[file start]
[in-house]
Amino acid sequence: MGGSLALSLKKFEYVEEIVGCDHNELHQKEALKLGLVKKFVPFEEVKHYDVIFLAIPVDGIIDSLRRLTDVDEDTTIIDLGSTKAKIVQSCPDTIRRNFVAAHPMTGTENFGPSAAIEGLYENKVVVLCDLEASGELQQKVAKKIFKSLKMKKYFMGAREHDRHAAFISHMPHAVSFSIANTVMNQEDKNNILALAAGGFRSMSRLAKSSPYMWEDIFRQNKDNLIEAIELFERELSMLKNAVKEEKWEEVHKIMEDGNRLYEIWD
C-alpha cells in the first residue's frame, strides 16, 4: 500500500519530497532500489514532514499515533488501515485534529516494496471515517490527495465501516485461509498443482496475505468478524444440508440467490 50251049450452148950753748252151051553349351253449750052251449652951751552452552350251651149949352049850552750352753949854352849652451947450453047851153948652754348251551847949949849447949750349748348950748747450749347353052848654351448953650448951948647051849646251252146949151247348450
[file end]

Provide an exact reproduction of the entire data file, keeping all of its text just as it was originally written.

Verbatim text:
[in-house]
Amino acid sequence: MGGSLALSLKKFEYVEEIVGCDHNELHQKEALKLGLVKKFVPFEEVKHYDVIFLAIPVDGIIDSLRRLTDVDEDTTIIDLGSTKAKIVQSCPDTIRRNFVAAHPMTGTENFGPSAAIEGLYENKVVVLCDLEASGELQQKVAKKIFKSLKMKKYFMGAREHDRHAAFISHMPHAVSFSIANTVMNQEDKNNILALAAGGFRSMSRLAKSSPYMWEDIFRQNKDNLIEAIELFERELSMLKNAVKEEKWEEVHKIMEDGNRLYEIWD
C-alpha cells in the first residue's frame, strides 16, 4: 500500500519530497532500489514532514499515533488501515485534529516494496471515517490527495465501516485461509498443482496475505468478524444440508440467490 50251049450452148950753748252151051553349351253449750052251449652951751552452552350251651149949352049850552750352753949854352849652451947450453047851153948652754348251551847949949849447949750349748348950748747450749347353052848654351448953650448951948647051849646251252146949151247348450